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268102 Ed Minch <ruby1638@a...> 2019‑03‑13 Dowel plate
Did a fun thing today

On the big big Kalmar Nyckel, trunnels are used for fastenings in many places,
mostly planks on the hull and deck into the framing underneath.  A trunnel is a
wooden dowel that has a slot in both ends.  You put a wedge in one end and drive
it wedge first into a flat bottomed hole.  As it bottoms out, the wedge spreads
the trunnel and locks it in place.  You then drive a wedge into the top.  So the
trunnel is wedged in place at the top and the bottom and acts as a bolt.

The biggest we use is 1-1/4” and driving them into existing holes that old ones
have been taken out of has always been a hassle.  I made a chair devil with a
round recess in the blade that matches the biggest trunnel, and that has worked
well, but I thought that a dowel plate would be faster.  The question in my mind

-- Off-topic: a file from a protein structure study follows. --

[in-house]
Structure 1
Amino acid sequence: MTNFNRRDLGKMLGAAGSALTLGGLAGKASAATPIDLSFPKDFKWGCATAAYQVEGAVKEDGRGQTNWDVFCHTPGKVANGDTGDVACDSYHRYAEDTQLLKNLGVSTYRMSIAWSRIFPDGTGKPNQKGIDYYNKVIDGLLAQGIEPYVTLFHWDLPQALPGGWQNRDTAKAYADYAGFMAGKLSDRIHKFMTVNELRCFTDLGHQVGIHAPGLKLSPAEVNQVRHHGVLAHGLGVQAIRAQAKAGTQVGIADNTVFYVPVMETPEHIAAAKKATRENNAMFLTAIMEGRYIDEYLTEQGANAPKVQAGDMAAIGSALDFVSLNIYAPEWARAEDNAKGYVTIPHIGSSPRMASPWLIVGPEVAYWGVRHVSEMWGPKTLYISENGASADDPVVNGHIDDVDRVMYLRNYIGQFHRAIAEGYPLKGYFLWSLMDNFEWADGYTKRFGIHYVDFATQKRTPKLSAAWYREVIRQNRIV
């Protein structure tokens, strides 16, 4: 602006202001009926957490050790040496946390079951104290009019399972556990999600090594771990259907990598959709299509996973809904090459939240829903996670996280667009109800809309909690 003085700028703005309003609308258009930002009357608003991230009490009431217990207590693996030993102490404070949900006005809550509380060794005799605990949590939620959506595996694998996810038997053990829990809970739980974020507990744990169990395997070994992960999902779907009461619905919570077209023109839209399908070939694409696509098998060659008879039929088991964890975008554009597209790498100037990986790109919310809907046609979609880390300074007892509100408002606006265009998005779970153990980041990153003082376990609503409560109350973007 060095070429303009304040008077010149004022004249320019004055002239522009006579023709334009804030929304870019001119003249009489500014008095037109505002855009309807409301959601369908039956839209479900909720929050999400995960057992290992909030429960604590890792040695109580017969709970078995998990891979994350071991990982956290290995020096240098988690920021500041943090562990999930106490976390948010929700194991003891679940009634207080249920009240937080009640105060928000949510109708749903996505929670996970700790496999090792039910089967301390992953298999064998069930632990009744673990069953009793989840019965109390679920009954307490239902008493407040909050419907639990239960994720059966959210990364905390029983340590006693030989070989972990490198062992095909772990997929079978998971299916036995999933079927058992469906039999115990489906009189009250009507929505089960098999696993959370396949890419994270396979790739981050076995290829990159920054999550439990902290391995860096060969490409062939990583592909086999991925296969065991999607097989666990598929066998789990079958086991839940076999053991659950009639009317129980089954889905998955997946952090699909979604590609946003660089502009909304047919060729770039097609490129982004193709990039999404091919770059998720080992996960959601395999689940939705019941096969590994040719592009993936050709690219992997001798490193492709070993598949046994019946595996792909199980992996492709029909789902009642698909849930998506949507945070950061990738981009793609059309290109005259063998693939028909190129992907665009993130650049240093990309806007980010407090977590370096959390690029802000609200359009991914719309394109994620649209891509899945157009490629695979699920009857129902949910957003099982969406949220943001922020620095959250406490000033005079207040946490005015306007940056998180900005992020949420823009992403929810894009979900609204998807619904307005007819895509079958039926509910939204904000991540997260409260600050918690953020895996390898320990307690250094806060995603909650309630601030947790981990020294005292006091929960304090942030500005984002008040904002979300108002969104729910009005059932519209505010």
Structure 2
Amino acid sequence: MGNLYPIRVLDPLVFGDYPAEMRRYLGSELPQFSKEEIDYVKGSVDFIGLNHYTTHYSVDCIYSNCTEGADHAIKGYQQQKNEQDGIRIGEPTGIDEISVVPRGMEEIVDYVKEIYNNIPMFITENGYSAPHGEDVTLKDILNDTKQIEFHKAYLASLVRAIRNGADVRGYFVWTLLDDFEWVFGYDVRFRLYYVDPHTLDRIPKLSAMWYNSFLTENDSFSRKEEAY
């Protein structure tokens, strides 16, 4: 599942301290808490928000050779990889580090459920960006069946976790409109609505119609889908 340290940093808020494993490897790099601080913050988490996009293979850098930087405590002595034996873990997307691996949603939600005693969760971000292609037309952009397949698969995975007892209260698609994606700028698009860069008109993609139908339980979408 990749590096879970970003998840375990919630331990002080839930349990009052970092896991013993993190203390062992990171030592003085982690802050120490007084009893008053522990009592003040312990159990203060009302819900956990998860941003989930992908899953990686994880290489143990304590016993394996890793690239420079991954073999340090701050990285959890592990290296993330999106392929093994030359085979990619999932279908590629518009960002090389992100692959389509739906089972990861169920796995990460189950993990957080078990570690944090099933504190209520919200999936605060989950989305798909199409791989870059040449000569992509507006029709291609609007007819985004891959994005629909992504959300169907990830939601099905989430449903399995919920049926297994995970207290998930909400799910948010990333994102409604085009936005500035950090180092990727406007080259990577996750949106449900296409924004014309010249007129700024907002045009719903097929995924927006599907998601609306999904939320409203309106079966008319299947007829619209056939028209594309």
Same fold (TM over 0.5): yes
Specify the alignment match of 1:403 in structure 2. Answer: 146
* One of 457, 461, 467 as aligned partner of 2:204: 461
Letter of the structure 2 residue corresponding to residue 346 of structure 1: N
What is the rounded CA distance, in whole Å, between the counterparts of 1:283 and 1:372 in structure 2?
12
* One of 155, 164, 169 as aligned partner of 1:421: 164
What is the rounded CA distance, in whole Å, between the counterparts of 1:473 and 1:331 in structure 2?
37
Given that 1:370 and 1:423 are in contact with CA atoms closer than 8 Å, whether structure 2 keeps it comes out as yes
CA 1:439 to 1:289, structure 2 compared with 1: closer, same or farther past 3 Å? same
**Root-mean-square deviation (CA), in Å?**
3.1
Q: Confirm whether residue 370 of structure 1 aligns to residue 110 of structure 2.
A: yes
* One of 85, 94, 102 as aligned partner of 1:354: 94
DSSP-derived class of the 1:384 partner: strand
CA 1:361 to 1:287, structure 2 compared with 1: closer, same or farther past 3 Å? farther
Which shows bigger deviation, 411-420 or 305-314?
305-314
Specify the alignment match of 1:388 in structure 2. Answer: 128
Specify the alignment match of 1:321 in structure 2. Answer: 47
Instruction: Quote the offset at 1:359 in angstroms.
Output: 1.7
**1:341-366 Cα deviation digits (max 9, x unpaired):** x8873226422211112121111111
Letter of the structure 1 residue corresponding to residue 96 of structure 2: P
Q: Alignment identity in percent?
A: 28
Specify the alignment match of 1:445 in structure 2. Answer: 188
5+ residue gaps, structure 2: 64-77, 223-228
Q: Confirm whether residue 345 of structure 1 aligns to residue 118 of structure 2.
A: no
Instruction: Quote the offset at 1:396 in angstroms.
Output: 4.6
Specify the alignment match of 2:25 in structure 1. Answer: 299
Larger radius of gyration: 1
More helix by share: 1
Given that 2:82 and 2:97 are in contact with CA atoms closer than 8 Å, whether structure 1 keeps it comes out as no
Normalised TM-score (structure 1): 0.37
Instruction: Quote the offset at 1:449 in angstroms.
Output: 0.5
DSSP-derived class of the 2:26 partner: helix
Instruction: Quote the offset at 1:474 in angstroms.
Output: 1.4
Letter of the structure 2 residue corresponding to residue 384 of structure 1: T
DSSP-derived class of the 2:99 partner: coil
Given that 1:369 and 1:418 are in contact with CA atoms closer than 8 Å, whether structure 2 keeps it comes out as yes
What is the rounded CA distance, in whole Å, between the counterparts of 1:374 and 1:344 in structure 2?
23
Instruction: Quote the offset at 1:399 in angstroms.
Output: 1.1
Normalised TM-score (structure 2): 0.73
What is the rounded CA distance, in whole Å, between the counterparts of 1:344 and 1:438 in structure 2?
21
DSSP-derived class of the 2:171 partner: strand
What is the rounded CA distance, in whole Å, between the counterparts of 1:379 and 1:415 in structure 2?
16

was could you drive something that big made of Jatoba, a very hard wood, without
crushing the wood or wearing yourself out.  Also, the local machine shop wanted
$200 and another $175 to heat  treat it.

One of the other volunteers is a machinist and he made one to my specs with
1/64” steps either side of 1-1/4”.  I turned up a couple of Jatoba blanks just
big of 1-1/4" and we had at (past tense of "have at’).  Here is a picture:


It did a passable job with reasonable effort - actually once it was sized at the
biggest hole, the 1/64” steps were fairly easy.  But you could see a ring at the
start of each blow that was a little off of the finish of the travel of that
blow.  Then my machinist mate had an idea - we stuck one in the 20 ton press and
shoved it smoothly through and it it made a beautiful thing.  Just the hint of a
bow along it’s 7” length, but good enough for shipbuilding.  So now we can make
our own accurate trunnels without a drawknife and shave horse, but still be

How cool is that

Ed Minch

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